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abstract = "To investigate the association between Agent Orange (AO) exposure and long-term prostate cancer (PC) outcomes. Material and Methods: Data from 1,882 men undergoing radical prostatectomy for PC between 1988 and 2011 at Veterans Affairs Health Care Facilities were analyzed from the Shared Equal Access Regional Cancer Hospital database. Men were stratified by AO exposure (binary). Associations between AO exposure and biopsy and pathologic Gleason sum (GS) and pathologic stage were determined by logistic regression models adjusted for preoperative characteristics. Hazard ratios for biochemical recurrence (BCR), secondary treatment, metastases, and PC-specific mortality were determined by Cox models adjusted for preoperative characteristics. Results: There were 333 (17.7{\%}) men with AO exposure. AO-exposed men were younger (median 59 vs. 62y), had lower preoperative prostate-specific antigen levels (5.8 vs. 6.7ng/ml), lower clinical category (25{\%} vs. 38{\%} palpable), and higher body mass index (28.2 vs. 27.6kg/m2), all P<0.01. Biopsy GS, pathologic GS, positive surgical margins, lymph node positivity, and extracapsular extension did not differ with AO exposure. At a median follow-up of 85 months, 702 (37.4{\%}) patients had BCR, 603 (32.2{\%}) patients received secondary treatment, 78 (4.1{\%}) had metastases, and 39 (2.1{\%}) died of PC. On multivariable analysis, AO exposure was not associated with BCR, secondary treatment, metastases, or PC mortality. Conclusions: AO exposure was not associated with worse preoperative characteristics such as elevated prostate-specific antigen levels or biopsy GS nor with BCR, secondary treatment, metastases, or PC death. Thus, as data on AO-exposed men mature, possible differences in PC outcomes observed previously are no longer apparent.",
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AU - Cooperberg, Matthew R.

AU - Freedland, Stephen J.

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N2 - To investigate the association between Agent Orange (AO) exposure and long-term prostate cancer (PC) outcomes. Material and Methods: Data from 1,882 men undergoing radical prostatectomy for PC between 1988 and 2011 at Veterans Affairs Health Care Facilities were analyzed from the Shared Equal Access Regional Cancer Hospital database. Men were stratified by AO exposure (binary). Associations between AO exposure and biopsy and pathologic Gleason sum (GS) and pathologic stage were determined by logistic regression models adjusted for preoperative characteristics. Hazard ratios for biochemical recurrence (BCR), secondary treatment, metastases, and PC-specific mortality were determined by Cox models adjusted for preoperative characteristics. Results: There were 333 (17.7%) men with AO exposure. AO-exposed men were younger (median 59 vs. 62y), had lower preoperative prostate-specific antigen levels (5.8 vs. 6.7ng/ml), lower clinical category (25% vs. 38% palpable), and higher body mass index (28.2 vs. 27.6kg/m2), all P<0.01. Biopsy GS, pathologic GS, positive surgical margins, lymph node positivity, and extracapsular extension did not differ with AO exposure. At a median follow-up of 85 months, 702 (37.4%) patients had BCR, 603 (32.2%) patients received secondary treatment, 78 (4.1%) had metastases, and 39 (2.1%) died of PC. On multivariable analysis, AO exposure was not associated with BCR, secondary treatment, metastases, or PC mortality. Conclusions: AO exposure was not associated with worse preoperative characteristics such as elevated prostate-specific antigen levels or biopsy GS nor with BCR, secondary treatment, metastases, or PC death. Thus, as data on AO-exposed men mature, possible differences in PC outcomes observed previously are no longer apparent.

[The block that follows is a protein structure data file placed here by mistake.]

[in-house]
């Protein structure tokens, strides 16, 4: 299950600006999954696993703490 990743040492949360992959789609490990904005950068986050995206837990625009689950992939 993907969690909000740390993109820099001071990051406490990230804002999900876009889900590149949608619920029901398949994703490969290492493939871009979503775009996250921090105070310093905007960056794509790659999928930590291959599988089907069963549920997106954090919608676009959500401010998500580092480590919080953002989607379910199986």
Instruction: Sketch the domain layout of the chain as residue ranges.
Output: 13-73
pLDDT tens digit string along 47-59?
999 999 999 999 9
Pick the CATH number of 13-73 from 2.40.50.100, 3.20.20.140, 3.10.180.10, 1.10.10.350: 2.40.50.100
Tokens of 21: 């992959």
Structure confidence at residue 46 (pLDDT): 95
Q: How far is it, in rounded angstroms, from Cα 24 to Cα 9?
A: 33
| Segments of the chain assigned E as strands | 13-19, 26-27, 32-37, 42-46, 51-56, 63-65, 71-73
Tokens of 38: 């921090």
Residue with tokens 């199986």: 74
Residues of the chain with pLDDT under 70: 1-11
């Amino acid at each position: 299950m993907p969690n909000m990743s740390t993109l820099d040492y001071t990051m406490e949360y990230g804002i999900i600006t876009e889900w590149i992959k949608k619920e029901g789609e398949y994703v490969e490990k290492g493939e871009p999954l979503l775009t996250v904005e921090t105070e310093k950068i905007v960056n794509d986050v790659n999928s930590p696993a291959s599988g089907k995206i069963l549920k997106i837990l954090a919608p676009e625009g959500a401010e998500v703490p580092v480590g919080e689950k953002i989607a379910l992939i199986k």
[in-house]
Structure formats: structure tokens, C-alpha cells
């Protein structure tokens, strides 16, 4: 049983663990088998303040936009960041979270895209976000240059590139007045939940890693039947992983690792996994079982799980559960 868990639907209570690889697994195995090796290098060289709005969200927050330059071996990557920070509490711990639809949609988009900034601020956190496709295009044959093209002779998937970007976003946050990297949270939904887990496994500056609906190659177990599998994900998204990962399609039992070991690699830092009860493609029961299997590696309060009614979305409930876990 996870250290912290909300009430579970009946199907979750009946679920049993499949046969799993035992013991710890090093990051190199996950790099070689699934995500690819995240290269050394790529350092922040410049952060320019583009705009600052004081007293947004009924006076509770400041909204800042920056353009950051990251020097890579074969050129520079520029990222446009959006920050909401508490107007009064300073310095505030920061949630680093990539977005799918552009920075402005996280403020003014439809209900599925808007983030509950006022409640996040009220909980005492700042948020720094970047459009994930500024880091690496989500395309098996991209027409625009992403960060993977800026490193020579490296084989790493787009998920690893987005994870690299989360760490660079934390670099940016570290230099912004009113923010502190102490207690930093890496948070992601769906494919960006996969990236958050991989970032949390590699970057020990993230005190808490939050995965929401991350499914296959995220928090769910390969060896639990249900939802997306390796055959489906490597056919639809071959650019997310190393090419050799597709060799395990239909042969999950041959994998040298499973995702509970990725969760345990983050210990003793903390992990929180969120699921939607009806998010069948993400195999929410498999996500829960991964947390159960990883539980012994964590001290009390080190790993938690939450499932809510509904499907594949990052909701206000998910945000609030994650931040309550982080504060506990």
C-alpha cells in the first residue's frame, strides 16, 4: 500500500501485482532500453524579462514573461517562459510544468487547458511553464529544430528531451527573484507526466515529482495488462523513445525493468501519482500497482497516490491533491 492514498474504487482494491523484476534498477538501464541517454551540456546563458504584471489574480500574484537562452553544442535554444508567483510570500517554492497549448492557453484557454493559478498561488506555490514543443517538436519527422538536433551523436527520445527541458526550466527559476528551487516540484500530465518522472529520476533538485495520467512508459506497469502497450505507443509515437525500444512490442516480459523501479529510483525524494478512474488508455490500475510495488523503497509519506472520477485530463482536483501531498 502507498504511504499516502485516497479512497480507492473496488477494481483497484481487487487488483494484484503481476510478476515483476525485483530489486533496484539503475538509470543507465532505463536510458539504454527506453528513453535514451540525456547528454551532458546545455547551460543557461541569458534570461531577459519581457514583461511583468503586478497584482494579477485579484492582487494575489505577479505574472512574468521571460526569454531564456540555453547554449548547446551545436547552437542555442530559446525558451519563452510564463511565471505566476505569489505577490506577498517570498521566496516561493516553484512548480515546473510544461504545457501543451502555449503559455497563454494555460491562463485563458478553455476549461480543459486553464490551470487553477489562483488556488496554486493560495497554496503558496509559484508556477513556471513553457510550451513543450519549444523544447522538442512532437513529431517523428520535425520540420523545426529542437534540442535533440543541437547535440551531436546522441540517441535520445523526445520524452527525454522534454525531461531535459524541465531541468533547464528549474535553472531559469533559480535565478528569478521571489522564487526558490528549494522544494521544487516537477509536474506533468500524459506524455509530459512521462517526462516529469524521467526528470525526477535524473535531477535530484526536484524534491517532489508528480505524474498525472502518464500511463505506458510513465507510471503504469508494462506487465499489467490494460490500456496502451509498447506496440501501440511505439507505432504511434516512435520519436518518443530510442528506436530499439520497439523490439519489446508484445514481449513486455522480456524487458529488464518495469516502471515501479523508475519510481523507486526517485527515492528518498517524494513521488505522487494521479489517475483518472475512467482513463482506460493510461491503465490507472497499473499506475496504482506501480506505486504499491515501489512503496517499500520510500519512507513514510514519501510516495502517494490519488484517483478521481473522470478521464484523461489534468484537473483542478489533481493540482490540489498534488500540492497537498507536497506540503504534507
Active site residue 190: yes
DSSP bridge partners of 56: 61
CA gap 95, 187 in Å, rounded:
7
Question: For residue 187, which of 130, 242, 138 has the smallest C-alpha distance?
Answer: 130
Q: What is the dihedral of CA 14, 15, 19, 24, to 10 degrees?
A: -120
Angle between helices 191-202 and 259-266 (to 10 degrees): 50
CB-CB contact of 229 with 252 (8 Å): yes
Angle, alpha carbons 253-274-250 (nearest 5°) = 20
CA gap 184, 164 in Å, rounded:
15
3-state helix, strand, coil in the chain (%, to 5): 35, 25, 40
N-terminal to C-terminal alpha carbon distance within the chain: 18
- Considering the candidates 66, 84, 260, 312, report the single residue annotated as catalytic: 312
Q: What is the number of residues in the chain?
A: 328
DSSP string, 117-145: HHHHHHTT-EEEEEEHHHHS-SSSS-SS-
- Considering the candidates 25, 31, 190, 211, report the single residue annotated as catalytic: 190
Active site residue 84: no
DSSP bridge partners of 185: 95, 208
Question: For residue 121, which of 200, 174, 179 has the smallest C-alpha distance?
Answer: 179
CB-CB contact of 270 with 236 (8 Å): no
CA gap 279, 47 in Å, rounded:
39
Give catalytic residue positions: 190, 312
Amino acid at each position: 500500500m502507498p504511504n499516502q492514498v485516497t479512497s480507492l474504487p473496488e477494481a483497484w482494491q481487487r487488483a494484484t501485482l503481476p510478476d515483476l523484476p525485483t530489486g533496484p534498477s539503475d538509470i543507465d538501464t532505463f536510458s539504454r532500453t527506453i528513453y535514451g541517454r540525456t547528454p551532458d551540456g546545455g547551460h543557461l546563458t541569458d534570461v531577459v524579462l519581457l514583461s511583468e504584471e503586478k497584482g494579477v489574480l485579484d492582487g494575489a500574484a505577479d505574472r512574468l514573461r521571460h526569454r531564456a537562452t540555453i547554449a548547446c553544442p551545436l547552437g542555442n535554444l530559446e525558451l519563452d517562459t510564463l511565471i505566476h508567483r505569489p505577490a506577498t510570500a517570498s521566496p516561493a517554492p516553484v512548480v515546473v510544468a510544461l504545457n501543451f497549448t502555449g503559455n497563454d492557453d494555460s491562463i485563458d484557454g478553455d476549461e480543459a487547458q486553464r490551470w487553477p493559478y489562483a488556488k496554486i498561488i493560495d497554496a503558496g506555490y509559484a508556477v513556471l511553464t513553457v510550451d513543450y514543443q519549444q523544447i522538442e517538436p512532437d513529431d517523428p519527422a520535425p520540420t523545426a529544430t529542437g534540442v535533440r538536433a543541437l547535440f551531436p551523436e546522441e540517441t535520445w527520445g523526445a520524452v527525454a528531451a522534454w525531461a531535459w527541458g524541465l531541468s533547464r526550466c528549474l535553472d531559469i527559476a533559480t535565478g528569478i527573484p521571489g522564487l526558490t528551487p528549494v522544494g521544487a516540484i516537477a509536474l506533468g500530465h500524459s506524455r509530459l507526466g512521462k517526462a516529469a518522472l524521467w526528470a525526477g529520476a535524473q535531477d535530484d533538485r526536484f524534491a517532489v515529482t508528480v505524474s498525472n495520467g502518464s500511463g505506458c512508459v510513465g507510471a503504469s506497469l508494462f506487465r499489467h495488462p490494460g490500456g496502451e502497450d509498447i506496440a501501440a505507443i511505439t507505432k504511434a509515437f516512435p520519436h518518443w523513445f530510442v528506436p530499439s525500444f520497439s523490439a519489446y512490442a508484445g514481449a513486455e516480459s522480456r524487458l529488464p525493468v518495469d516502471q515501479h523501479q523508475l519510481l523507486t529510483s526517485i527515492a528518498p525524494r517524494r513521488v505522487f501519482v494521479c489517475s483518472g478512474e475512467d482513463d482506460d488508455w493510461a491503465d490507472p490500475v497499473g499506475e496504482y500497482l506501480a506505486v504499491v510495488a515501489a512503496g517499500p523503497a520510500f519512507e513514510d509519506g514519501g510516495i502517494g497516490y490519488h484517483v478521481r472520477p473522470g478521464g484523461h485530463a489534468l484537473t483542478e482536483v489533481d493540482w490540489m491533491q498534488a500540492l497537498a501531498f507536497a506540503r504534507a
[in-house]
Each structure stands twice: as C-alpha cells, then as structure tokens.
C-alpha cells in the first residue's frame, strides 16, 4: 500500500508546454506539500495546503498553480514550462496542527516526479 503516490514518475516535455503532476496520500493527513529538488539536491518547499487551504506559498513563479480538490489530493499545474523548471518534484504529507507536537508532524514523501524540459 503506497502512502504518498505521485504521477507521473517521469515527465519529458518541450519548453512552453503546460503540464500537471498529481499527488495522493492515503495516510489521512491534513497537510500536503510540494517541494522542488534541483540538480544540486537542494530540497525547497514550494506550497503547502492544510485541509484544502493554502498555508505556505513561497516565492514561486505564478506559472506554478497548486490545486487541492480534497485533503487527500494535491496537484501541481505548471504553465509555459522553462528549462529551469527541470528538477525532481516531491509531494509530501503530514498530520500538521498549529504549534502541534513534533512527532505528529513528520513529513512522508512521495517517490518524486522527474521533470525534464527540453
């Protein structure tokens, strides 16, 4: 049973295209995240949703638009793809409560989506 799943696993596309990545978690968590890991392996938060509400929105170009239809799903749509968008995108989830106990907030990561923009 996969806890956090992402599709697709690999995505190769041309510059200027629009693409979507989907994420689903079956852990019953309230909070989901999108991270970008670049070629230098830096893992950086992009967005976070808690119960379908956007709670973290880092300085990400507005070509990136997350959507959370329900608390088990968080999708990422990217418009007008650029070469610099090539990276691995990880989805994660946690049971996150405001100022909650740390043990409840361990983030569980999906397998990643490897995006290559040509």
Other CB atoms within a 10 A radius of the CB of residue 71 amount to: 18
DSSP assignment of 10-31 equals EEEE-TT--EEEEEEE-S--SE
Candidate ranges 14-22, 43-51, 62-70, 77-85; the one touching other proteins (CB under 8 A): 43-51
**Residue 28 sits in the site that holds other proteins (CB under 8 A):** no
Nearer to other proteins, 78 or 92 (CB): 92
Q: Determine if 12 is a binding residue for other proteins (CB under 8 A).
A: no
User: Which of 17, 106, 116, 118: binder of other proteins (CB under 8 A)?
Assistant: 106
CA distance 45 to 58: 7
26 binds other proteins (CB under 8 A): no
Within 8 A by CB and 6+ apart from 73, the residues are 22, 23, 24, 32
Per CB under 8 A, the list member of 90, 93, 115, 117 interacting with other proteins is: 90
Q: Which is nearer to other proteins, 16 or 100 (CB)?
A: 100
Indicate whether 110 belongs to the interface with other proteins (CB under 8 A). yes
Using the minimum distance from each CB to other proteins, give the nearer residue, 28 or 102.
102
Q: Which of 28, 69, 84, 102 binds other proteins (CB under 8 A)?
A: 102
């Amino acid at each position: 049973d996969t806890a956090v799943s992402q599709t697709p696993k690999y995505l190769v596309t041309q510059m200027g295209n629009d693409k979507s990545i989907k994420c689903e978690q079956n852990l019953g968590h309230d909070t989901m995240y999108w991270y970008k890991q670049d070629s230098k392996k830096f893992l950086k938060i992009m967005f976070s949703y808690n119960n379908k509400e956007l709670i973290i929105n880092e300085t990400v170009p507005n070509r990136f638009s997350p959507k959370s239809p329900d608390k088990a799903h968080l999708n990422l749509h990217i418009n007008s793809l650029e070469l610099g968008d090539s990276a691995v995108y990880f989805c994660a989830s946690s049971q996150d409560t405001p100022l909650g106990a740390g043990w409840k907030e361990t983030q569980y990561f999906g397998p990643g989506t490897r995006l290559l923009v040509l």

AB - To investigate the association between Agent Orange (AO) exposure and long-term prostate cancer (PC) outcomes. Material and Methods: Data from 1,882 men undergoing radical prostatectomy for PC between 1988 and 2011 at Veterans Affairs Health Care Facilities were analyzed from the Shared Equal Access Regional Cancer Hospital database. Men were stratified by AO exposure (binary). Associations between AO exposure and biopsy and pathologic Gleason sum (GS) and pathologic stage were determined by logistic regression models adjusted for preoperative characteristics. Hazard ratios for biochemical recurrence (BCR), secondary treatment, metastases, and PC-specific mortality were determined by Cox models adjusted for preoperative characteristics. Results: There were 333 (17.7%) men with AO exposure. AO-exposed men were younger (median 59 vs. 62y), had lower preoperative prostate-specific antigen levels (5.8 vs. 6.7ng/ml), lower clinical category (25% vs. 38% palpable), and higher body mass index (28.2 vs. 27.6kg/m2), all P<0.01. Biopsy GS, pathologic GS, positive surgical margins, lymph node positivity, and extracapsular extension did not differ with AO exposure. At a median follow-up of 85 months, 702 (37.4%) patients had BCR, 603 (32.2%) patients received secondary treatment, 78 (4.1%) had metastases, and 39 (2.1%) died of PC. On multivariable analysis, AO exposure was not associated with BCR, secondary treatment, metastases, or PC mortality. Conclusions: AO exposure was not associated with worse preoperative characteristics such as elevated prostate-specific antigen levels or biopsy GS nor with BCR, secondary treatment, metastases, or PC death. Thus, as data on AO-exposed men mature, possible differences in PC outcomes observed previously are no longer apparent.